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When the United States Pharmacopeial (USP) Convention, a private non-governmental organization, launched the sixth edition of the Food Chemicals Codex (FCC; previously published by the Institute of Medicine), it emphasized open-source revisions and comments. The compendium of non-binding purity, quality and identity standards for food ingredients (including flavors) now offers free and open access for revisions on its site. According to Jim Griffiths, USP’s vice president of food and dietary supplement standards, the organization encourages public comment and input, ensuring opportunities for the addition of new monographs and methods. “This is transparent,” he says. “It’s a brand new model.”
The print component of the FCC, while containing information analogous to the fifth edition, features a new standardized layout. Flavor materials, traditionally presented in a table at the rear of the text, are now incorporated as standard monographs in the main listing. In addition, IR spectra have been incorporated into the bodies of the corresponding monographs. A new edition of the print component will be published every two years, with supplements appearing between editions. Meanwhile, the online component of the FCC provides searchable fields.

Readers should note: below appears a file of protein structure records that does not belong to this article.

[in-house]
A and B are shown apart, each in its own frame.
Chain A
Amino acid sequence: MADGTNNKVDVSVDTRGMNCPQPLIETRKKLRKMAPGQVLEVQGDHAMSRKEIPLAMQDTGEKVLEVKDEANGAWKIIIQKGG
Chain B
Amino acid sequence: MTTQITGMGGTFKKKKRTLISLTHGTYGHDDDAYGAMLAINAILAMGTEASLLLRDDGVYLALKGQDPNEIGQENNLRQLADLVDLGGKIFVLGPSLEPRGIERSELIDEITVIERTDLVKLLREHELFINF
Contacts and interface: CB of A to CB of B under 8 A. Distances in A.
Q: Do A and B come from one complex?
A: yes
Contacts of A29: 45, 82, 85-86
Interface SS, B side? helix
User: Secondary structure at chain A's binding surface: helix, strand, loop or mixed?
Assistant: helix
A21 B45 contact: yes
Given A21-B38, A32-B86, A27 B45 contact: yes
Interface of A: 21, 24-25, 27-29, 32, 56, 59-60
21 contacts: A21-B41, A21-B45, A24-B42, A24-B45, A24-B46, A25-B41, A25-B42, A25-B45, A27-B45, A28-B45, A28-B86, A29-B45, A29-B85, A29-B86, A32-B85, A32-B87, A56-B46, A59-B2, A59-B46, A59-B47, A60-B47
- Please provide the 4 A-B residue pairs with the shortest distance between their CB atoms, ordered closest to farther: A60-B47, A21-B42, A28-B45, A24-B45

Griffiths sees recent food safety issues as demonstrative of the need for food ingredient standards. USP’s chief science officer Darrell Abernethy adds, “With the increasing globalization of the food supply, the availability of pure and safe foods is more important than ever.” USP has been liaising with industry groups to discuss the improvement of food quality and the public health consequences. The group’s goals include the inclusion of more flavor ingredients. While Griffiths acknowledges harmonization of any kind is a long way off, he believes closer ties to the flavor industry are a first step.